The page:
At least once a year, I become a wee bit obsessed with the PC Engine LT.
I’ve wanted one of these sexy, laptop-esque portables ever since I saw a photo of one in an old issue of either Diehard GameFan or Electronic Gaming Monthly (or maybe it was Super Gaming, an EGM spin-off) magazine as a youngster, but I’ve never bought one because they’re so darn expensive.
That hasn’t kept me from dreaming about the day I throw caution–and my credit card–to the wind and purchase one, though. Until that day arrives, I’ll waste my time reading blog posts about and watching YouTube videos of NEC’s little gray wonder.
Speaking of the latter, the following video–produced by YouTube user futurematt5–is helping me get through my most recent phase of PC Engine LT obsession. (I wonder if that’ll be considered a diagnosable and treatable disorder when the DSM-5 is published in 2013?)
Here‘s part two of the video, by the way, and here’s (actually, go here and here) a series of videos in which futurematt5 attaches the PC Engine LT to the Super CD-ROM2 peripheral. Oh, and here‘s a fabulously porn-ish video that features “high-quality footage and close-ups” of the system.
Anyway, here’s to hoping that next year at this time I’ll be posting my own photos and videos of the portable system that futurematt5 says is the gaming world’s equivalent of an eccentric uncle.
Game: Pro Tennis World Court
Release date: 1988
Pro Tennis World Court is widely known–to 16-bit afficionados, at least–as “the tennis RPG.” There’s a good reason for that: Along with the expected singles and doubles modes, this Namcot-published game features a “quest” mode that tasks players with wandering the Final Fantasy-esque lands of the creatively named (or not) “Tennis Kingdom” in search of the “Evil Tennis King.” (I’m not making this up–check out this blog post for more on this title’s sad excuse for a backstory.) Before you can challenge this lizard-like baddie (he’s green) to a Nadal-Federer-ish face-off, you’ll have to vanquish a number of his minions in tennis matches of varying lengths. You’ll also have to upgrade your equipment (rackets, shoes and shirts–which boost your power, foot speed and ability to refuse challenges, respectively) using the winnings you receive after beating the aforementioned, randomly-encountered foes. All in all, it’s an enjoyably unique, if slightly unpolished (you’ll know what I’m talking about when you approach your first NPC), experience. You’ll have to be patient if you want to eke every last ounce of fun out of the game, though, as it starts rather slowly. Thankfully, things speed up appreciably once you update your gear a bit. Even then, Pro Tennis World Court (World Court Tennis in the States) never feels quite as slick as another well-known PC Engine title featuring fuzzy, yellow balls–Final Match Tennis–but its quirkiness at least partially makes up for it.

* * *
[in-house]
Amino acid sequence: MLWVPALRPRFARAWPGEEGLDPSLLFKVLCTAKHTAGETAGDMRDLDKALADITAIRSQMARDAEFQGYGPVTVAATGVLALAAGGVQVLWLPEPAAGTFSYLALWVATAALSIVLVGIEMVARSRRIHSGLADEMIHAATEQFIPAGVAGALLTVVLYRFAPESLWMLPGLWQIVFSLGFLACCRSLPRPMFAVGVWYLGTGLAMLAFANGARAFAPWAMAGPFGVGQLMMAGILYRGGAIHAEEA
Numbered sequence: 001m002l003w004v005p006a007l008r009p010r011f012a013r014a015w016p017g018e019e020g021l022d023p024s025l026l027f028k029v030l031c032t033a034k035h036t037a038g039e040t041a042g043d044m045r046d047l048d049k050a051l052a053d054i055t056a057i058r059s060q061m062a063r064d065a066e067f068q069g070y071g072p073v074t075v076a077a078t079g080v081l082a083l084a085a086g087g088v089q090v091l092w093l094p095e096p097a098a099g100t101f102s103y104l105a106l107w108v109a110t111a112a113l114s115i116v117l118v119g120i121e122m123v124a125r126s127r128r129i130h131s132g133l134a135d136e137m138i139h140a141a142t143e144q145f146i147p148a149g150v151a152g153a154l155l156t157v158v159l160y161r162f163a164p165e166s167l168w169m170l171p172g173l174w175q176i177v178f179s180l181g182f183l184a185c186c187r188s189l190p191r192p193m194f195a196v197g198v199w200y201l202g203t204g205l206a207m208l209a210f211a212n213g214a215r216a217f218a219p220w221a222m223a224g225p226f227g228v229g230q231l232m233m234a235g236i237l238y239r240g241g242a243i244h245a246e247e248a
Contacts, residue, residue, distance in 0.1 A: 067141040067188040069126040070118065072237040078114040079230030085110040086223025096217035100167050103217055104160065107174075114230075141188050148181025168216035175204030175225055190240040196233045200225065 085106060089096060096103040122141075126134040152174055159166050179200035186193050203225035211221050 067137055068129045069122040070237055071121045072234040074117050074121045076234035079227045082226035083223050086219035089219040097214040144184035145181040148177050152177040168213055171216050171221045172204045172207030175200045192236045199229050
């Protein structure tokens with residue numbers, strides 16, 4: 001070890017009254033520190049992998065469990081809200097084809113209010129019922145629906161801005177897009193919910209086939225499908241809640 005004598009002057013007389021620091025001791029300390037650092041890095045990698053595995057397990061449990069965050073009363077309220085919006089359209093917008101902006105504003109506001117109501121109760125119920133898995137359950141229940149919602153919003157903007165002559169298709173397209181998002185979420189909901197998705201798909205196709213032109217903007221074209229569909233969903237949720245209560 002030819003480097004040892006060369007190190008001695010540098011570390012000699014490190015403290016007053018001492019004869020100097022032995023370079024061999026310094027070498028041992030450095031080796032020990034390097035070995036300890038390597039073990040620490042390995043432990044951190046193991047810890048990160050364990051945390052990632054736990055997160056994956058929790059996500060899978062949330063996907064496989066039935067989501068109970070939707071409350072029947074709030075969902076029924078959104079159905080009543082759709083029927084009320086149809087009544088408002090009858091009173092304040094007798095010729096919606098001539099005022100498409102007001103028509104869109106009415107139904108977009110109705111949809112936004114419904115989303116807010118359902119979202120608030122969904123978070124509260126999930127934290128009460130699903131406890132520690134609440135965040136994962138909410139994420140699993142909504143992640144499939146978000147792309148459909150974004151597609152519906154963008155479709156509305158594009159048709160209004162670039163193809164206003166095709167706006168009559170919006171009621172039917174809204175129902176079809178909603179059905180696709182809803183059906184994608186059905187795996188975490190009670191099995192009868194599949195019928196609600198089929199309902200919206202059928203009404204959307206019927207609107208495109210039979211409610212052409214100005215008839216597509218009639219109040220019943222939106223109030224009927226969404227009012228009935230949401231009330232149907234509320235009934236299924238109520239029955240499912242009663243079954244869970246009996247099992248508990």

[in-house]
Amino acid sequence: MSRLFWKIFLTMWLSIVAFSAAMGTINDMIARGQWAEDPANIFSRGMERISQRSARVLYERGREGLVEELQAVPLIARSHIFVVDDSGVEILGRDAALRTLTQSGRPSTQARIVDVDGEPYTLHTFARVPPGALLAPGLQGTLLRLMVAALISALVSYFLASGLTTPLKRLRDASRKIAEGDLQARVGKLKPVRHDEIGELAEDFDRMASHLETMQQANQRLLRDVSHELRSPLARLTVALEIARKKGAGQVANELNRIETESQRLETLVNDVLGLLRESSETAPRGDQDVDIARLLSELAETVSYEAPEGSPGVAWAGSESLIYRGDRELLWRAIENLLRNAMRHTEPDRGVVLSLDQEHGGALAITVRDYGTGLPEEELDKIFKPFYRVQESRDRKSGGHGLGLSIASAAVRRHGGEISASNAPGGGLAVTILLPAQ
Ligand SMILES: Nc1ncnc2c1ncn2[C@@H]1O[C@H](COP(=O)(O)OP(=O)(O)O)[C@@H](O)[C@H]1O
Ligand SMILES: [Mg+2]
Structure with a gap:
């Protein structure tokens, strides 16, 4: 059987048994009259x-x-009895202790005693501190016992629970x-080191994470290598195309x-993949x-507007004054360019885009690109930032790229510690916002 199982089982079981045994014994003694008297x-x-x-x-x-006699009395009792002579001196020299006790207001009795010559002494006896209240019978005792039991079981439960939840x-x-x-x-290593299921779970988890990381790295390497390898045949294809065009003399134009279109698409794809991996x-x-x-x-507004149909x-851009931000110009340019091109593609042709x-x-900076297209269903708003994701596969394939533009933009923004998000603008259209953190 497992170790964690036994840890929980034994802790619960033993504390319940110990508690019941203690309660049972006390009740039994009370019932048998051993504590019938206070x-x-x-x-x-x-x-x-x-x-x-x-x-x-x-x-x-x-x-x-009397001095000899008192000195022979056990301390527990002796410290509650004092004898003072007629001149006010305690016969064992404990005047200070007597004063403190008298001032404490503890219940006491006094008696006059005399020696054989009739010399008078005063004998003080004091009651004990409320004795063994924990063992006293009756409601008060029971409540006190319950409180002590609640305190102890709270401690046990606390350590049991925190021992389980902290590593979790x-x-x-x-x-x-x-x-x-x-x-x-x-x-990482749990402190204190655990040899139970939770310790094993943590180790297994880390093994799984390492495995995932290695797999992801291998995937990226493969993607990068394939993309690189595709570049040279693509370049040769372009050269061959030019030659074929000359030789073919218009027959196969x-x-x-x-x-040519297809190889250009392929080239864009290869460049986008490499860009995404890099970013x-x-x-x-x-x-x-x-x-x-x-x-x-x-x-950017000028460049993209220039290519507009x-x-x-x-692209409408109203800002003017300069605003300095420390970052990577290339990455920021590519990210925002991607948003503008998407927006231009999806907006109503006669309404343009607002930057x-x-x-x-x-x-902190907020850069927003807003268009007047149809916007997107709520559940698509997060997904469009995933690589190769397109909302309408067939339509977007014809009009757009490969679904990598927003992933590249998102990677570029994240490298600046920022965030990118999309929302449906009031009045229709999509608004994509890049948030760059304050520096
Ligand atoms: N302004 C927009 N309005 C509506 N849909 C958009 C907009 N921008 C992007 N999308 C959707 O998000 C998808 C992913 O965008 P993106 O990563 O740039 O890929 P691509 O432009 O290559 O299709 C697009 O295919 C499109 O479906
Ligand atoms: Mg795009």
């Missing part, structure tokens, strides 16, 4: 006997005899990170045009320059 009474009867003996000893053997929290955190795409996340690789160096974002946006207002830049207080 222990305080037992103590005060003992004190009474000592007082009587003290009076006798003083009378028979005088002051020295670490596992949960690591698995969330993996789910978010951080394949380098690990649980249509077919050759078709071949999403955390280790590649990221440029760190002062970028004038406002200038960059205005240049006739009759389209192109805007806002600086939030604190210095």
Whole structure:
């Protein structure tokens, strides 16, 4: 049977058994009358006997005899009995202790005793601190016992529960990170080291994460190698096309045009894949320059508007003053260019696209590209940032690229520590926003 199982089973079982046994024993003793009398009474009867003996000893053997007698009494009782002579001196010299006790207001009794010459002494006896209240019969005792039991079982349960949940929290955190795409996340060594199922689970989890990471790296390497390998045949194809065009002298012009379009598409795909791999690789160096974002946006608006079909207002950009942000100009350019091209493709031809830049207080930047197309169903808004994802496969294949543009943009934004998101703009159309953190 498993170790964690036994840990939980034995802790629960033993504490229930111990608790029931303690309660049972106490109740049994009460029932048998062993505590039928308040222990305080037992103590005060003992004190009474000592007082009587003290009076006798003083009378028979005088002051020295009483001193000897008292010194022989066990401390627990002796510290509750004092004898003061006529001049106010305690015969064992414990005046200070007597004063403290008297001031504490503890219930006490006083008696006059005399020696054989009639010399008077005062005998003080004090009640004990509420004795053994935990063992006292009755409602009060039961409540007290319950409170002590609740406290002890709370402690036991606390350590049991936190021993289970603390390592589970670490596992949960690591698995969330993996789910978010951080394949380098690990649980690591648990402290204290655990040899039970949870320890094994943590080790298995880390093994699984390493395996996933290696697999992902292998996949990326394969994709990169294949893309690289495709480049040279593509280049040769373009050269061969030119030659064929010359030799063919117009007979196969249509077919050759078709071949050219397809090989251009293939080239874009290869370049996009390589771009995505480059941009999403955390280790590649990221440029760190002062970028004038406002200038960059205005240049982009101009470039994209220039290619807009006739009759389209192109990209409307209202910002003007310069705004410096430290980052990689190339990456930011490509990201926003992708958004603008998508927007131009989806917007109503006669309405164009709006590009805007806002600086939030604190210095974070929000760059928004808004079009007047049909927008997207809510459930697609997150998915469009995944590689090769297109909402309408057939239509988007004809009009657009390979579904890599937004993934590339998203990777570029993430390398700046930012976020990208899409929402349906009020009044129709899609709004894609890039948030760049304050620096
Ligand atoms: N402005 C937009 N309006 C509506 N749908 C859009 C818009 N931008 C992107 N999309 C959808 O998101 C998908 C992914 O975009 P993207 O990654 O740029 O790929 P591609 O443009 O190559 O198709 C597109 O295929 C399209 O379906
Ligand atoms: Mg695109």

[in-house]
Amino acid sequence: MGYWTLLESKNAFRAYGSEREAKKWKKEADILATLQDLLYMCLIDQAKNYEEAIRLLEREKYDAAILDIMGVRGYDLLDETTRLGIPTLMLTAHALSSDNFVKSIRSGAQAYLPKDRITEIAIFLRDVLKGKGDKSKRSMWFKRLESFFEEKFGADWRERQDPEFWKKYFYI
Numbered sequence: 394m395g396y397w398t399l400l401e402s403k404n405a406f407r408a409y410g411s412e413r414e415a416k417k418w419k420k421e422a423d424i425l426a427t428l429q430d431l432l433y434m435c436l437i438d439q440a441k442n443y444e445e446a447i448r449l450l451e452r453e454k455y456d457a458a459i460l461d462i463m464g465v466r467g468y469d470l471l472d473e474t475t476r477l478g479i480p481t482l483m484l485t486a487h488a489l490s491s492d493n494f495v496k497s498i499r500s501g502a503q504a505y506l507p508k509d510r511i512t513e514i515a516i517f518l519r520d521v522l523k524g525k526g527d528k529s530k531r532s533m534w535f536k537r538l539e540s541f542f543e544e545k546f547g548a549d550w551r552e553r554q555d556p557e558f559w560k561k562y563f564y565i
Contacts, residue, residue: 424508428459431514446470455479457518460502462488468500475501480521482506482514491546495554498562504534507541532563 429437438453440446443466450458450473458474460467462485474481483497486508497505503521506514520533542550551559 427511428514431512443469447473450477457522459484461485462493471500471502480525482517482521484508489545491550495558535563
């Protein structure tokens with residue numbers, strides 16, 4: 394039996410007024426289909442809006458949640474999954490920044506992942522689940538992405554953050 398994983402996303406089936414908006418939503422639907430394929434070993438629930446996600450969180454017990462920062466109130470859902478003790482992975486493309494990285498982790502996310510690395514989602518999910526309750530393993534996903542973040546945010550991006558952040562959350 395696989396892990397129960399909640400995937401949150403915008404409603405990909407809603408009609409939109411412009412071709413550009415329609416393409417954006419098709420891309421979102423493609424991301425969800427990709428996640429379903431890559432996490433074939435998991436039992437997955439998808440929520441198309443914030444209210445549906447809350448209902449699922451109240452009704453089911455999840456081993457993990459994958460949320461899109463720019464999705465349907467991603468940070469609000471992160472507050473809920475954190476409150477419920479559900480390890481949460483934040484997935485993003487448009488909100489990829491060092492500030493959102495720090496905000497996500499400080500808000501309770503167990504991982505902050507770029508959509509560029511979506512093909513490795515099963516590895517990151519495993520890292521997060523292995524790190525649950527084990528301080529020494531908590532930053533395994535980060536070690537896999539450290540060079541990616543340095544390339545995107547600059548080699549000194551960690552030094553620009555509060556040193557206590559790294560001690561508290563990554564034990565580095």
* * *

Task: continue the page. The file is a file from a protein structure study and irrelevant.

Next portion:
See also: Previous PCE Reviews